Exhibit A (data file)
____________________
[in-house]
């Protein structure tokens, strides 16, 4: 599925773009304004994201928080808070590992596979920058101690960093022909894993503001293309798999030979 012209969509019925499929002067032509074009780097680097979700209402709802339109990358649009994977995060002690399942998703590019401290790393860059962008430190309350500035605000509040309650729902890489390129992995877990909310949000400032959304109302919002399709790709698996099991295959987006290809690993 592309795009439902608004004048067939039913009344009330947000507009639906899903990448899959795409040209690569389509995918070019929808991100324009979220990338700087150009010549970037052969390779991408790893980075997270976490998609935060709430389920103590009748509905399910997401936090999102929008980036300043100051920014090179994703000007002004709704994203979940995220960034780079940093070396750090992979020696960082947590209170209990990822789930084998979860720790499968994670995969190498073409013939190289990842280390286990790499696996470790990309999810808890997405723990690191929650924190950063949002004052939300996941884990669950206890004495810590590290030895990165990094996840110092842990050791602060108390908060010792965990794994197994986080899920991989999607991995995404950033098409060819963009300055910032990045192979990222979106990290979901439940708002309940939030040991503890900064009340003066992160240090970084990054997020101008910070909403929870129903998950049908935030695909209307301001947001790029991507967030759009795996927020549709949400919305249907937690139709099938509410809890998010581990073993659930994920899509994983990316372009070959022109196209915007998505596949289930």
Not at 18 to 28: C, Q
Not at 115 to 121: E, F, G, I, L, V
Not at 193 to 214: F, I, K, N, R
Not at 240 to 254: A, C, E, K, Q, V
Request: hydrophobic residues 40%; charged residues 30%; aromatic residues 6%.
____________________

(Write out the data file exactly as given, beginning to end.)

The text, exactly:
[in-house]
């Protein structure tokens, strides 16, 4: 599925773009304004994201928080808070590992596979920058101690960093022909894993503001293309798999030979 012209969509019925499929002067032509074009780097680097979700209402709802339109990358649009994977995060002690399942998703590019401290790393860059962008430190309350500035605000509040309650729902890489390129992995877990909310949000400032959304109302919002399709790709698996099991295959987006290809690993 592309795009439902608004004048067939039913009344009330947000507009639906899903990448899959795409040209690569389509995918070019929808991100324009979220990338700087150009010549970037052969390779991408790893980075997270976490998609935060709430389920103590009748509905399910997401936090999102929008980036300043100051920014090179994703000007002004709704994203979940995220960034780079940093070396750090992979020696960082947590209170209990990822789930084998979860720790499968994670995969190498073409013939190289990842280390286990790499696996470790990309999810808890997405723990690191929650924190950063949002004052939300996941884990669950206890004495810590590290030895990165990094996840110092842990050791602060108390908060010792965990794994197994986080899920991989999607991995995404950033098409060819963009300055910032990045192979990222979106990290979901439940708002309940939030040991503890900064009340003066992160240090970084990054997020101008910070909403929870129903998950049908935030695909209307301001947001790029991507967030759009795996927020549709949400919305249907937690139709099938509410809890998010581990073993659930994920899509994983990316372009070959022109196209915007998505596949289930």
Not at 18 to 28: C, Q
Not at 115 to 121: E, F, G, I, L, V
Not at 193 to 214: F, I, K, N, R
Not at 240 to 254: A, C, E, K, Q, V
Request: hydrophobic residues 40%; charged residues 30%; aromatic residues 6%.